The primary fortification at Corinth, current site of the Corinth Interpretive Center

On this day in 1862, the Union line of 120,000 men is advancing through the perimeter fortifications and the Confederates, numbering about 70,000, are falling back toward the junction and the protection of their heavy guns.  Pope and Sherman are sending conflicting reports of the enemy both reinforcing and withdrawing from their positions throughout the day as they prepare to wrap around the perimeter of Corinth.  Buell, holds his forward position less than a mile from the edge of town.

BUELL'S, May 29, 1862.
General HALLECK:

We have had some skirmishing, but generally it has been quiet in my front. My troops have not changed position. McCook's right is without doubt within 1,000 yards of the enemy's works. If you approve, I will to-morrow crowd the enemy back with a strong line of skirmishers and probably establish two or three divisions on McCook's line, on other side of creek. It seems to me it might be well for Pope to be prepared to move up at the same time, but not be ordered absolutely.


* ORE correspondence courtesy of my Favorite Link, Ohio State's eHistory

Monday, May 28, 2012

Skirmish at Bridge Creek

The Tenth Brigade of Nelson's Division, including the Seventeenth Kentucky, remains engaged in the Skirmish at Bridge Creek on this day in 1862, the 30th day of  Halleck's Advance on Corinth.  The creek currently separates the two foes, and it is so thickly wooded on either side that only skirmish lines are effective.  There is no space for maneuvering cavalry or artillery.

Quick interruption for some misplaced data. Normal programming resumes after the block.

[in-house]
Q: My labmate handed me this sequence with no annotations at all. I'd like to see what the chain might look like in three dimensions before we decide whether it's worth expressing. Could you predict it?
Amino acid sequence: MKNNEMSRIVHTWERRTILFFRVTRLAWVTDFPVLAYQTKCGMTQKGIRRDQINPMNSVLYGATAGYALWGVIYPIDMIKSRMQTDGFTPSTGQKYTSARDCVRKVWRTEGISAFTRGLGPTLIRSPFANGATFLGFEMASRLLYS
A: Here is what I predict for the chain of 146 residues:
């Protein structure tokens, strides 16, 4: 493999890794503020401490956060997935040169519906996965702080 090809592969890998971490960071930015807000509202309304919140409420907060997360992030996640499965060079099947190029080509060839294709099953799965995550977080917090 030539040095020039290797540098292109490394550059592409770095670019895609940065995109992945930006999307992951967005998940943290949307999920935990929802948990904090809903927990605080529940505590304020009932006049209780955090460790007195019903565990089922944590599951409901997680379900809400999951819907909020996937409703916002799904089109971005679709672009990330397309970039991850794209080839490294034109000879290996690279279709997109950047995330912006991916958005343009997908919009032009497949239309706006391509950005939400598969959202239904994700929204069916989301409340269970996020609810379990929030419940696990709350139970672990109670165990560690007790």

Their push up the middle toward Corinth is accompanied by similar efforts on either side.  Only Pope's army on the left flank is successful in exposing an artillery battery.

Camp on Corinth Road, May 28, 1862.

Three strong reconnoitering columns advanced this morning on the right center and left, to feel the enemy and unmask his batteries. Enemy hotly contested his ground at each point, but was driven back with considerable loss. The column on the left encountered the strongest opposition. Our loss there 25 killed and wounded. The enemy left 30 dead on the field. Losses at other points not yet ascertained. Some 5 or 6 officers and a number of privates captured. The fighting will probably be renewed tomorrow morning at daybreak. The whole country is so thickly wooded that we are compelled to fell our way.


At the end of the day, as they had for the previous 30 days of this campaign, the men spread their bed rolls on the ground and slept the sleep of the weary.  At least they again felt like soldiers, not prisoners on some God-forsaken chain gang.  The volunteers thought they had done enough chopping and digging for one lifetime.  They had joined the army to traverse roads and bridges, not build them.

*ORE correspondence courtesy of my Favorite Link, Ohio State's eHistory

Sunday, May 27, 2012

Go / Don't Go

General Buell was ready to advance on this day in 1862 if nothing changed, per orders from General Halleck.  However, all through the night the sound of signal guns and heavy traffic was heard on the railroad at Corinth.  W.T. Sherman from the right flank reports his perception that they were moving toward Memphis, J.N.Pope on the left believes they were heading south toward Mobile.  Needless to say, Halleck orders more reconnaissance.

Major-General BUELL:

You will make a forced reconnaissance on your front to-morrow morning to ascertain the position and strength of the enemy's works. There will be a general advance on the right and left. Keep me fully advised of your movements.


Meanwhile, General Buell, remembering Halleck's ire at his failure to take an assigned position, was already pressing forward as previously ordered and the Seventeenth is involved in some brisk action at Bridge Creek.